Oscar voters this season have taken it on the chin, getting called everything from out-of-touch to racist. But there’s one particular omission from the nominee list that’s especially unforgivable.
For me, the snub this year that hit hardest was when “See You Again,” the track by Wiz Khalifa and Charlie Puth, was denied a Best Original Song nod, despite serving as the emotional climax to Furious 7, one of the most popular movies of the year. (And one that also won over the critics: It sits at a very respectable 81 percent on Rotten Tomatoes, or exactly one point behind Best Picture favorite The Revenant’s 82 percent.) The song set the perfect tone for Furious 7’s tribute to costar Paul Walker, who was killed during production in an off-set car crash in November 2013.
The song plays over the film’s final few minutes, when Walker’s character, Brian O’Conner, drives off into a happy retirement. For loyalists and casual fans alike, it’s a genuinely beautiful expression of grief, culminating with the pre-credits dedication “For Paul.” (Watch it below.)
It’s hard to overstate how listeners embraced “See You Again.” It‘s topped 1.4 billion views on YouTube. (That’s not a typo — billion with a “b.”) It hit No. 1 on the Billboard Hot 100 on April 25 and stayed there until the middle of July, tying the record for a rap single with 12 weeks atop the chart. The mark was set by Eminem’s “Lose Yourself,” which, you might recall, was featured in 8 Mile, and won the Best Original Song Oscar in 2002. Throw in “It’s Hard out Here for a Pimp” from Hustle & Flow in 2006, and “Glory” from Selma taking the gold last year, and you can’t say the “See You Again” snub was due to Oscar voters closing their ears to rap.
More perplexing, in the run-up to the nominations (and even now), nearly every prognosticator on the Oscar prediction site Gold Derby had “See You Again” as their first or second pick for Best Song. In addition, it was nominated for three Grammys and a Golden Globe.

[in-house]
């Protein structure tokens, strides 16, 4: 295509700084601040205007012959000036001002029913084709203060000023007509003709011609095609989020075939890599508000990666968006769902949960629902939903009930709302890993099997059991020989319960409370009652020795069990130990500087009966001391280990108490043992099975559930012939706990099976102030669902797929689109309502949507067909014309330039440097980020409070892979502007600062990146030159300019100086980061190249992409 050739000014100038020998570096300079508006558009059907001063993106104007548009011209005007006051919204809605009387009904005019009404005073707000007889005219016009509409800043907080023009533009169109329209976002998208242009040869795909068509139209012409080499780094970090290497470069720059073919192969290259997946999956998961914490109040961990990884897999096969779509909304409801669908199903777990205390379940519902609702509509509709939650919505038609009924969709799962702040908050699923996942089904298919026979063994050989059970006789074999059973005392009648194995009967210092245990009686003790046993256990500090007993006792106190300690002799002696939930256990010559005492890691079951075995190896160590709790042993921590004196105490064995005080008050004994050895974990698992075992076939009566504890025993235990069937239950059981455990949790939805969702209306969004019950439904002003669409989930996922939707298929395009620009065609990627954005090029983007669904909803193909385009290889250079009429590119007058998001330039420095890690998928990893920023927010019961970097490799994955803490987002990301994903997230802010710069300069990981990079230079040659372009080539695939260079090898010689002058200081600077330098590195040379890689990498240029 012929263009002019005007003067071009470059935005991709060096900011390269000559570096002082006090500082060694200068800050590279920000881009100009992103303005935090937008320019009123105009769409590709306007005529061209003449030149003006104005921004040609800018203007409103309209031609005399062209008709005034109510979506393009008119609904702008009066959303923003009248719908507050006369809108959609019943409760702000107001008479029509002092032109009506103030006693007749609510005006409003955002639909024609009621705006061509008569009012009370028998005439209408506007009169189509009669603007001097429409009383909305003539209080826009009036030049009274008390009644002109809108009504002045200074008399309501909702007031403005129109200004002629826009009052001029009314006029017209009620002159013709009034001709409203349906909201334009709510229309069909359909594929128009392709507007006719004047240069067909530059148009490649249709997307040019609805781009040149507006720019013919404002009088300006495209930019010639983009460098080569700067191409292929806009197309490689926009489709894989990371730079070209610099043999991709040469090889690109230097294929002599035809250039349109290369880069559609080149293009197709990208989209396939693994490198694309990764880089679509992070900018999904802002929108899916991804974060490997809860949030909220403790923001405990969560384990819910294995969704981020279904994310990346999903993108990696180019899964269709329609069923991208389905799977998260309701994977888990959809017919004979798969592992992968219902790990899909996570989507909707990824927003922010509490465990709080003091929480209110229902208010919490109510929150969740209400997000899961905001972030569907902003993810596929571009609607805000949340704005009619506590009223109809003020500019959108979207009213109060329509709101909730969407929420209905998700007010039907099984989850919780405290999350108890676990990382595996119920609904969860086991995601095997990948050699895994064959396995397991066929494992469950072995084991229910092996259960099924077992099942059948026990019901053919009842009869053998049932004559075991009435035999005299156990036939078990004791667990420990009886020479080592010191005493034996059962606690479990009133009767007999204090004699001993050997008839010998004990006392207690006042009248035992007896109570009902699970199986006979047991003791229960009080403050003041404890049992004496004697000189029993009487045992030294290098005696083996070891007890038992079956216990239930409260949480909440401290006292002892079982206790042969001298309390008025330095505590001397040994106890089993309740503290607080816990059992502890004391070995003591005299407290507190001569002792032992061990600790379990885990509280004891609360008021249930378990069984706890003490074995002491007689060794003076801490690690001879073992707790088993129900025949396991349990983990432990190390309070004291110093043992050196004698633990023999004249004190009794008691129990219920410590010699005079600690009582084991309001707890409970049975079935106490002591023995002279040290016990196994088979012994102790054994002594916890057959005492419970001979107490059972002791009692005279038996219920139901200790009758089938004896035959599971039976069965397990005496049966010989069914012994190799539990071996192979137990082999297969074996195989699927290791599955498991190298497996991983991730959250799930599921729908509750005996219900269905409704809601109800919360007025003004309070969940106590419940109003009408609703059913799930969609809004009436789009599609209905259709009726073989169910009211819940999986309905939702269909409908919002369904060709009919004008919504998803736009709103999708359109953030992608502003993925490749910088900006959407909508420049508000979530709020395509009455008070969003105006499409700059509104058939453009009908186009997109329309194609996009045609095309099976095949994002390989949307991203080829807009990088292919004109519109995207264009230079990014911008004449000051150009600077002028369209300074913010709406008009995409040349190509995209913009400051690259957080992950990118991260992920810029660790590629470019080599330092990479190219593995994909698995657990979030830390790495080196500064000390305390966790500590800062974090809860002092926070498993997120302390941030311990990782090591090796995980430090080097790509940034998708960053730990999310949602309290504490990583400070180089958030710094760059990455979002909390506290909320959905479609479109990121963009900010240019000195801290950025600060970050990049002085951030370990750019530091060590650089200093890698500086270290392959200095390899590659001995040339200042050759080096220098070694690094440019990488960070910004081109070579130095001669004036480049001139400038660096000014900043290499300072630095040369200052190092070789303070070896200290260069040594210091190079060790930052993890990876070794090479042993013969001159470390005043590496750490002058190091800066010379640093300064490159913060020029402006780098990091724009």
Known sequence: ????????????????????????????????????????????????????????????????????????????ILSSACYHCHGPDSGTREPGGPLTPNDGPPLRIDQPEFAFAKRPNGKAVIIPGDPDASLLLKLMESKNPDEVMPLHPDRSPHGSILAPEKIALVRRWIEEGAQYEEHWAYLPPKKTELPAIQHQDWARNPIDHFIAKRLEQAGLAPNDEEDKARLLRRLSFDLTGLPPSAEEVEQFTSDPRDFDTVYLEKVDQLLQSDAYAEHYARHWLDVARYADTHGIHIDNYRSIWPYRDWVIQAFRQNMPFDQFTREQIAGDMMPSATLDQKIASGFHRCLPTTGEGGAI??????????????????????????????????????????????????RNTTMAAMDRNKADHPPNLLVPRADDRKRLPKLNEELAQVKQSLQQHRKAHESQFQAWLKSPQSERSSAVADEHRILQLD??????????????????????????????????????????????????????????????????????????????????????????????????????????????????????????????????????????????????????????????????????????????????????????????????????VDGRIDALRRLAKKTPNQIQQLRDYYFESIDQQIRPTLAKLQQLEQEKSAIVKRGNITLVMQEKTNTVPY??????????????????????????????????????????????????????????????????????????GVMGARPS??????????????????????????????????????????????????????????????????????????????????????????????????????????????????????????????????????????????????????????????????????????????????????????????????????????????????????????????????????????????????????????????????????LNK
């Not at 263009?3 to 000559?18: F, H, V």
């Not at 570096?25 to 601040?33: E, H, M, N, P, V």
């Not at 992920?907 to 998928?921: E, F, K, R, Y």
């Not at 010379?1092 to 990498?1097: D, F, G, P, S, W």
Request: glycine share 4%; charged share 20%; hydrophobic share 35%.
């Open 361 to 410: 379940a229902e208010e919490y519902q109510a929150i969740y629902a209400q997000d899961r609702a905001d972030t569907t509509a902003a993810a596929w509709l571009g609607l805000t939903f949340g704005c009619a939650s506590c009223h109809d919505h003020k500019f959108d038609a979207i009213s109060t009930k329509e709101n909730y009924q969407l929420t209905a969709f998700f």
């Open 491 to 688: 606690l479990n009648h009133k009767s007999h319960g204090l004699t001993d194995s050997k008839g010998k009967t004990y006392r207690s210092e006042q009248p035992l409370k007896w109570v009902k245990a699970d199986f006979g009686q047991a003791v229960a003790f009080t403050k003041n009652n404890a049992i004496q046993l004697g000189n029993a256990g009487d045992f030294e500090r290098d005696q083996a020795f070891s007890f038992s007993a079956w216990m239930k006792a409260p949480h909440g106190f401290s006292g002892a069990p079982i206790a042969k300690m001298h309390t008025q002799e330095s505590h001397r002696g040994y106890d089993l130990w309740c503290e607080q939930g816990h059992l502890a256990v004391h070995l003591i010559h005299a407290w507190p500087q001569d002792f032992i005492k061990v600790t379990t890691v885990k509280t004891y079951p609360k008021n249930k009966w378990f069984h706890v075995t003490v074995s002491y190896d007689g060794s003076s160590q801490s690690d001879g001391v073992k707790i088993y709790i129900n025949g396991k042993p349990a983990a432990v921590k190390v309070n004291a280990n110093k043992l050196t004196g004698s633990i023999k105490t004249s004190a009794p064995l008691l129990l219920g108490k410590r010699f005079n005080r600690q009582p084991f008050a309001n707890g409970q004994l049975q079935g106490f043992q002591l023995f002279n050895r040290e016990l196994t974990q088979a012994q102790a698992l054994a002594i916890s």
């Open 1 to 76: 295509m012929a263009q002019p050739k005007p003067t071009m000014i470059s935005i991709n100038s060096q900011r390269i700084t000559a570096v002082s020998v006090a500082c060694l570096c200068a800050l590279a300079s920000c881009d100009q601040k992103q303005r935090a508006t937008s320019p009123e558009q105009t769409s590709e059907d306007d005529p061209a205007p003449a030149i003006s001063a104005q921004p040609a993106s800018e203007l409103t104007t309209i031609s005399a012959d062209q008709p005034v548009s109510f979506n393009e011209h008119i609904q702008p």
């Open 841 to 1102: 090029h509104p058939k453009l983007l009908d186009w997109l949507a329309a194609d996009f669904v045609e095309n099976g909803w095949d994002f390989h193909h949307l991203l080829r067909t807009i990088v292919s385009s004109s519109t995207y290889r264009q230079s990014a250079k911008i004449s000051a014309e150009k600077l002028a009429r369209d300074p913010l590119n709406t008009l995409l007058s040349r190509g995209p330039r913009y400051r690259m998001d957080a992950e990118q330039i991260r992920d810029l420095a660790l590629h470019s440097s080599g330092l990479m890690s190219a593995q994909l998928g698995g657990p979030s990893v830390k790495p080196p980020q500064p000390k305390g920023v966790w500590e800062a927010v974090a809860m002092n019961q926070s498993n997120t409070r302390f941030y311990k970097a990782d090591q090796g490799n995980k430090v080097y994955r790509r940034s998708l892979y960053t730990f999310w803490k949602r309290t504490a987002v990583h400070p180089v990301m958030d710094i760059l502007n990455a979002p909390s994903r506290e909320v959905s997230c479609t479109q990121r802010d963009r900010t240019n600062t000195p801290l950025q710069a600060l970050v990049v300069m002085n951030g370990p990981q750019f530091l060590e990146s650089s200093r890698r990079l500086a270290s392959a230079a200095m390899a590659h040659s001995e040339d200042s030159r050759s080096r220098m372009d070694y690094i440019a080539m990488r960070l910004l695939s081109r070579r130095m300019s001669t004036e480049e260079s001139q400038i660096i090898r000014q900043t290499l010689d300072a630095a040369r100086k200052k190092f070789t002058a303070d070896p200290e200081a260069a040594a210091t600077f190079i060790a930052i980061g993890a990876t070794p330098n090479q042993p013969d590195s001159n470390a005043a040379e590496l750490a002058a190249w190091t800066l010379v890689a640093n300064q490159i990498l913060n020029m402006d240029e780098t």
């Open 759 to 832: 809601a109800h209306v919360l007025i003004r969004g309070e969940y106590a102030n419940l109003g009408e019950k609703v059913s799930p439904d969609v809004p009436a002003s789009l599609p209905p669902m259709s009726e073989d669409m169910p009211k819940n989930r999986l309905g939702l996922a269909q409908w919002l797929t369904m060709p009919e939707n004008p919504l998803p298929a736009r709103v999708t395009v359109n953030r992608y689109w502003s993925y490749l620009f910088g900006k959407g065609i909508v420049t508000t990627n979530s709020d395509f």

The song’s omission feels like a missed opportunity. The Oscars are always looking for ways to lure a larger, younger audience. There’s no denying that target group loves the Fast and the Furious franchise. Furious 7 made $1.5 billion worldwide, and $353 million in the United States alone, making it the fifth highest grossing film of 2015. The chance to see Wiz Khalifa perform the song would’ve figured to be a strong motivator to tune into the ABC telecast on Feb. 28.
And really, the worst part of the snub is that it’s denying a group of people a moment to celebrate a loved one. Dom (Vin Diesel) delivers the line “I don’t have friends; I got family” in Furious 7, but it’s not just an action movie one-liner meant to set apart the good guys from the bad guys. Like the fans, the entire cast loved Walker, something you could see in moments big and small since his passing, from Tyrese getting emotional at the crash site to the various professions of love from Dwayne Johnson. In the sweetest tribute of all, in March 2015, Diesel named his newborn daughter Paulina. He also mourned his cinematic brother every chance he got on the press tour:
It wouldn’t be a shock if the telecast manages a ratings bump this year, between people tuning in to see host Chris Rock’s reaction to #OscarsSoWhite, the popularity of nominees like The Revenant and Mad Max: Fury Road, and the fact that last February’s audience was at a six-year low. But it doesn’t mean the Academy didn’t whiff here.
Khalifa took the high road on all this, telling Billboard in January that he doesn’t “get into the political stuff. I know there’s a lot to do with who gets nominated and who doesn’t, and it’s not always just the music.” But when it’s time for the Best Original Song presentation, many of us may just take that time to talk among ourselves about family, because hey, family’s all that we got.
Watch a clip of Vin Diesel discussing Paul Walker’s death: